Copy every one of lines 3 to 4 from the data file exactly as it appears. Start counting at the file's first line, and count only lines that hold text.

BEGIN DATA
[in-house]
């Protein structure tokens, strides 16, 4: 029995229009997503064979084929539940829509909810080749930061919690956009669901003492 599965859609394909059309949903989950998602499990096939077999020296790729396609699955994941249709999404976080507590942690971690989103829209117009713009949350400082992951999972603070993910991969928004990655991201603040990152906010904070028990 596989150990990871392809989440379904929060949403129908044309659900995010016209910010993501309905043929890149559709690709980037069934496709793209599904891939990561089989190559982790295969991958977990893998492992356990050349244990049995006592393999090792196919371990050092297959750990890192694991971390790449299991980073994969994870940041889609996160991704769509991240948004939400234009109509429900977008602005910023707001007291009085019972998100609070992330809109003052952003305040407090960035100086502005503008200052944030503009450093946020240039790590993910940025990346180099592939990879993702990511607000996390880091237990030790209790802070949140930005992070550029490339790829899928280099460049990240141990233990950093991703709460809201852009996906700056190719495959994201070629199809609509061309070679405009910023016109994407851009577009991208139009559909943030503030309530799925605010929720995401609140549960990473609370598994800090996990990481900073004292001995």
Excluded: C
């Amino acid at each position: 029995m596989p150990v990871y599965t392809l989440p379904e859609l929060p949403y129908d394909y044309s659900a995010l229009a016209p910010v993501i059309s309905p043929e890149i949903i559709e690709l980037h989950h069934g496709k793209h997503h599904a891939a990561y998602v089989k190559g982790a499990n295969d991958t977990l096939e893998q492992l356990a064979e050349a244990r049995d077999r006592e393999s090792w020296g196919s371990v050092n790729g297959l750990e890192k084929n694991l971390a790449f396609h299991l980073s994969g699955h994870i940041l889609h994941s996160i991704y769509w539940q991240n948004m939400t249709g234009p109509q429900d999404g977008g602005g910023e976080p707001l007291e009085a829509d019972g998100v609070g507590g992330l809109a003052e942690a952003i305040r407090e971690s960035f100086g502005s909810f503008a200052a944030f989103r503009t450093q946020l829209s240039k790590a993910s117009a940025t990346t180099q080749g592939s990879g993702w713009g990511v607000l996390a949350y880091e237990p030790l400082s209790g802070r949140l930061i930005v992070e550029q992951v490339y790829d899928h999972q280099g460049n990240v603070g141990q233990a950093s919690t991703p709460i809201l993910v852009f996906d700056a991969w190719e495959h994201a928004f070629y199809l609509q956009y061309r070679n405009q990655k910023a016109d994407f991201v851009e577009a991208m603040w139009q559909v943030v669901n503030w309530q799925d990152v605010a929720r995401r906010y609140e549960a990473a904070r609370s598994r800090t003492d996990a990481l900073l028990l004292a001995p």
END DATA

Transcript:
Excluded: C
């Amino acid at each position: 029995m596989p150990v990871y599965t392809l989440p379904e859609l929060p949403y129908d394909y044309s659900a995010l229009a016209p910010v993501i059309s309905p043929e890149i949903i559709e690709l980037h989950h069934g496709k793209h997503h599904a891939a990561y998602v089989k190559g982790a499990n295969d991958t977990l096939e893998q492992l356990a064979e050349a244990r049995d077999r006592e393999s090792w020296g196919s371990v050092n790729g297959l750990e890192k084929n694991l971390a790449f396609h299991l980073s994969g699955h994870i940041l889609h994941s996160i991704y769509w539940q991240n948004m939400t249709g234009p109509q429900d999404g977008g602005g910023e976080p707001l007291e009085a829509d019972g998100v609070g507590g992330l809109a003052e942690a952003i305040r407090e971690s960035f100086g502005s909810f503008a200052a944030f989103r503009t450093q946020l829209s240039k790590a993910s117009a940025t990346t180099q080749g592939s990879g993702w713009g990511v607000l996390a949350y880091e237990p030790l400082s209790g802070r949140l930061i930005v992070e550029q992951v490339y790829d899928h999972q280099g460049n990240v603070g141990q233990a950093s919690t991703p709460i809201l993910v852009f996906d700056a991969w190719e495959h994201a928004f070629y199809l609509q956009y061309r070679n405009q990655k910023a016109d994407f991201v851009e577009a991208m603040w139009q559909v943030v669901n503030w309530q799925d990152v605010a929720r995401r906010y609140e549960a990473a904070r609370s598994r800090t003492d996990a990481l900073l028990l004292a001995p």